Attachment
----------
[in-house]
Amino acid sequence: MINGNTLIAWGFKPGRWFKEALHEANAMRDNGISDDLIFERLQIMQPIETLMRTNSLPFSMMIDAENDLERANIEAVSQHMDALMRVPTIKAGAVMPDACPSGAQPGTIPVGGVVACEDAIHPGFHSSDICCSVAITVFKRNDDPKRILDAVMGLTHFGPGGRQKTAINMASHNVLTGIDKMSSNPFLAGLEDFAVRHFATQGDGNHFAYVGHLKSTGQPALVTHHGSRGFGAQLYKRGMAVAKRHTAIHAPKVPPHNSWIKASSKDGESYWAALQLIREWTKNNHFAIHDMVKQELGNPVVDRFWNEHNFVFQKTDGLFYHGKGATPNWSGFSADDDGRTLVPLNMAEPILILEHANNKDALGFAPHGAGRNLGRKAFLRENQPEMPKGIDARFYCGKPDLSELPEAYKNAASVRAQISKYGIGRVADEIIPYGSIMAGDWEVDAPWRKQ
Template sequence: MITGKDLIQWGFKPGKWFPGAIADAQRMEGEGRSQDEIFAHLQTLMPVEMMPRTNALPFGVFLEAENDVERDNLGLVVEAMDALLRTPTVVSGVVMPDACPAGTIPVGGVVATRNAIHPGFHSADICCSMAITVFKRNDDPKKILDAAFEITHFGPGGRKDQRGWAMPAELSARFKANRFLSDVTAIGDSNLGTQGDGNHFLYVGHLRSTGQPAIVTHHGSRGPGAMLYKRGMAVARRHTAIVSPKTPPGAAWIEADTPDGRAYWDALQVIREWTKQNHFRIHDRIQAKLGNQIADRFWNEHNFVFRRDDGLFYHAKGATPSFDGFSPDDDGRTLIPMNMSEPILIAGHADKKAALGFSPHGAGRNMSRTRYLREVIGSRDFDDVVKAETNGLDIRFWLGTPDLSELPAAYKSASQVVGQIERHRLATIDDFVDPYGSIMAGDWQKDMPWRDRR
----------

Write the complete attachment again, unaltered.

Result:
[in-house]
Amino acid sequence: MINGNTLIAWGFKPGRWFKEALHEANAMRDNGISDDLIFERLQIMQPIETLMRTNSLPFSMMIDAENDLERANIEAVSQHMDALMRVPTIKAGAVMPDACPSGAQPGTIPVGGVVACEDAIHPGFHSSDICCSVAITVFKRNDDPKRILDAVMGLTHFGPGGRQKTAINMASHNVLTGIDKMSSNPFLAGLEDFAVRHFATQGDGNHFAYVGHLKSTGQPALVTHHGSRGFGAQLYKRGMAVAKRHTAIHAPKVPPHNSWIKASSKDGESYWAALQLIREWTKNNHFAIHDMVKQELGNPVVDRFWNEHNFVFQKTDGLFYHGKGATPNWSGFSADDDGRTLVPLNMAEPILILEHANNKDALGFAPHGAGRNLGRKAFLRENQPEMPKGIDARFYCGKPDLSELPEAYKNAASVRAQISKYGIGRVADEIIPYGSIMAGDWEVDAPWRKQ
Template sequence: MITGKDLIQWGFKPGKWFPGAIADAQRMEGEGRSQDEIFAHLQTLMPVEMMPRTNALPFGVFLEAENDVERDNLGLVVEAMDALLRTPTVVSGVVMPDACPAGTIPVGGVVATRNAIHPGFHSADICCSMAITVFKRNDDPKKILDAAFEITHFGPGGRKDQRGWAMPAELSARFKANRFLSDVTAIGDSNLGTQGDGNHFLYVGHLRSTGQPAIVTHHGSRGPGAMLYKRGMAVARRHTAIVSPKTPPGAAWIEADTPDGRAYWDALQVIREWTKQNHFRIHDRIQAKLGNQIADRFWNEHNFVFRRDDGLFYHAKGATPSFDGFSPDDDGRTLIPMNMSEPILIAGHADKKAALGFSPHGAGRNMSRTRYLREVIGSRDFDDVVKAETNGLDIRFWLGTPDLSELPAAYKSASQVVGQIERHRLATIDDFVDPYGSIMAGDWQKDMPWRDRR